That first Earth Day I was 15, close to my daughter’s age now. I recall thinking: “Hell, everyday should be Earth Day!” Many said this to themselves with a kind of defiant anti-establishment relish in the assertion.
On Earth Day 1970, activists spoke about how Lake Erie was dead, that a new Ice Age was coming, and that too many power plants would cause our rivers to boil. Many people felt the exaggerations necessary, as the claims were mostly emotive rather than scientific. In retrospect, those first 20 years went by fast — and the fights over environmental progress were mostly fought in courts over regulation.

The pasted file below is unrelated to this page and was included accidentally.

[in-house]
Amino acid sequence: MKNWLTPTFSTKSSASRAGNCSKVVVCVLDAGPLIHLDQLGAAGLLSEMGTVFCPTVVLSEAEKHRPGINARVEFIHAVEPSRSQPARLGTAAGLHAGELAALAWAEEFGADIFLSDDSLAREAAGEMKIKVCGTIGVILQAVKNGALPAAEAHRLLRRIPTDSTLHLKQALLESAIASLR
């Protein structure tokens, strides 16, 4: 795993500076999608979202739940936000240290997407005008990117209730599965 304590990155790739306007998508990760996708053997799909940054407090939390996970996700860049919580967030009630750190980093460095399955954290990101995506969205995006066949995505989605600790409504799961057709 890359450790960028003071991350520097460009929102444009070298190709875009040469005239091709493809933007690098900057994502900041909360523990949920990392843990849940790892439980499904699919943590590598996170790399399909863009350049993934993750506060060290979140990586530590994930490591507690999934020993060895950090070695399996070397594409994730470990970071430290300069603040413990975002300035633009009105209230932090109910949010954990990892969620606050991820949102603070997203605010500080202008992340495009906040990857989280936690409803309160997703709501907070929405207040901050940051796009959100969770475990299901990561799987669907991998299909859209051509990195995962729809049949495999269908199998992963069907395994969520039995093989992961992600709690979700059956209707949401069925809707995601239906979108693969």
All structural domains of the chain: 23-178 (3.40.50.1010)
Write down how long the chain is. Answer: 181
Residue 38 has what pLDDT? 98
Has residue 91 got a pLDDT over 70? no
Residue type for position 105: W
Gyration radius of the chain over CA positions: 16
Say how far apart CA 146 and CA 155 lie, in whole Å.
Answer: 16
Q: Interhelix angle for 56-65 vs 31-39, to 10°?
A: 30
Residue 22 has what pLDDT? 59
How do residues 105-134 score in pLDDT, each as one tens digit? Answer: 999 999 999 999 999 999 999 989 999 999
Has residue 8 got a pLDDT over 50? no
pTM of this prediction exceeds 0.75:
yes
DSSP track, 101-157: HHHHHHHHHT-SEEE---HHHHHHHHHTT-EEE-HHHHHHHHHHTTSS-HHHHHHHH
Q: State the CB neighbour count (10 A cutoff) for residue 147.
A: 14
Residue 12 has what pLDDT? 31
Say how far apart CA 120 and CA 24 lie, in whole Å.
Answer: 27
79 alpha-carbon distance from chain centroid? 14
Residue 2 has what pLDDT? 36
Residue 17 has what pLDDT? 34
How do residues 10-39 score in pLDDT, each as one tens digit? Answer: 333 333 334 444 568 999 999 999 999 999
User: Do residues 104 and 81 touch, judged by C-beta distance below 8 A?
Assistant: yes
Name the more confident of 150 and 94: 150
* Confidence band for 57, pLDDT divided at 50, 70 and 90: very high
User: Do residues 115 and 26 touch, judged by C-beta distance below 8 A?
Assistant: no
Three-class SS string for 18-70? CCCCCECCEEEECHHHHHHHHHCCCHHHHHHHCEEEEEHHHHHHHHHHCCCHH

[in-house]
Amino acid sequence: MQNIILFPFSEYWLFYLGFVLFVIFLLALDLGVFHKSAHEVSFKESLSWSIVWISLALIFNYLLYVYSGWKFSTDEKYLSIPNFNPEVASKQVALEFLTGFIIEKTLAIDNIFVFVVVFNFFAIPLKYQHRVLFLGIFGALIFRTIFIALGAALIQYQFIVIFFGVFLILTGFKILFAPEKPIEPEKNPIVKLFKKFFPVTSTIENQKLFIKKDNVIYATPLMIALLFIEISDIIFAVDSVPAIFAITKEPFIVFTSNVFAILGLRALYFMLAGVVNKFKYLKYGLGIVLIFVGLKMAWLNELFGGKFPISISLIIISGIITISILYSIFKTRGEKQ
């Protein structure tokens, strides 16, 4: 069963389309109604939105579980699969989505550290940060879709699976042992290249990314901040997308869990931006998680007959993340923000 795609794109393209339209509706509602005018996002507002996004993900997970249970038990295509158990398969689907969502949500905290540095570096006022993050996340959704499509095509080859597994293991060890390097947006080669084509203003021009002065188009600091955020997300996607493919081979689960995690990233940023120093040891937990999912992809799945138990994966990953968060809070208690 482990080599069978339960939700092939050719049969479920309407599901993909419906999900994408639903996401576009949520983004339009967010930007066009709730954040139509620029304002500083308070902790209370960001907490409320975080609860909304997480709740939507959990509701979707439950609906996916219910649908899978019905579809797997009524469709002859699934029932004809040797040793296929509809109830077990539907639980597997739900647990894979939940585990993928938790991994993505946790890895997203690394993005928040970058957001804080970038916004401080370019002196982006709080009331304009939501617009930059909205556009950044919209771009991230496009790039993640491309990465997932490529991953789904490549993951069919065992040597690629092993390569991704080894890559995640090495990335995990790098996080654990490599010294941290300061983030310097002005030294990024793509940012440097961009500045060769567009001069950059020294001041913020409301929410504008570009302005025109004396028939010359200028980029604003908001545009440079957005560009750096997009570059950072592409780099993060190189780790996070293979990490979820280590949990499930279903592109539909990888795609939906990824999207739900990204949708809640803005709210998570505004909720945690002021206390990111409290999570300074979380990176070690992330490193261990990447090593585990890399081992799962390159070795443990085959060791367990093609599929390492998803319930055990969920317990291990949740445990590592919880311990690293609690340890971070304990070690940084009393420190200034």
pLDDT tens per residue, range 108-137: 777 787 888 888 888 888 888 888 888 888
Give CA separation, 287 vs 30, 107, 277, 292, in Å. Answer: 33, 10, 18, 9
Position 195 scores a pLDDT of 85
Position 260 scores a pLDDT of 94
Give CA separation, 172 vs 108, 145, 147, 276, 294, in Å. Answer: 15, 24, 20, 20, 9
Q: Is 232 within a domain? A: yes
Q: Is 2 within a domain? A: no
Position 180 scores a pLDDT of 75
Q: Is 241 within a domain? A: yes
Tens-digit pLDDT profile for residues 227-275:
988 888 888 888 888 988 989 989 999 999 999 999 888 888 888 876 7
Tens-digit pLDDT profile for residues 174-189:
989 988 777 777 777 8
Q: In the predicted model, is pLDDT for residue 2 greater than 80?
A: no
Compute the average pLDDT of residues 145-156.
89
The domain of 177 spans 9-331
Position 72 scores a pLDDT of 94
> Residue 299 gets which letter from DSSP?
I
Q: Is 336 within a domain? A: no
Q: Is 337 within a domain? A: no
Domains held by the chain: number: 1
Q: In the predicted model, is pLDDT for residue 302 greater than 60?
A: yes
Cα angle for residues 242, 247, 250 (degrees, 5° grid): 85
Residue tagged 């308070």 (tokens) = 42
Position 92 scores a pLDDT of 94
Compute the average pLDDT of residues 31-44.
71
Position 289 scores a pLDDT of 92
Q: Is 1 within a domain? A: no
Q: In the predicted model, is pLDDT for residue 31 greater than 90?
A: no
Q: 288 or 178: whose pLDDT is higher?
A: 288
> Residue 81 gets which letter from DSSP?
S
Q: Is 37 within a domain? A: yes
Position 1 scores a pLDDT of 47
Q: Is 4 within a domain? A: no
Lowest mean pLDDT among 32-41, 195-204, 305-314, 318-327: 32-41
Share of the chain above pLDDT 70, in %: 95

From 1990 to 2020, environmentalism grew up. It was professionalized, you might say. The T-Shirt became a pin-stripe, and environmentalism became mainstream. The social movement in these years also learned strategy. We saw corporate environmentalism emerge. Earth Day started becoming about people, planet and profit. Social response capitalism was born.
Bruce Piasecki, Author, President and Founder, AHC Group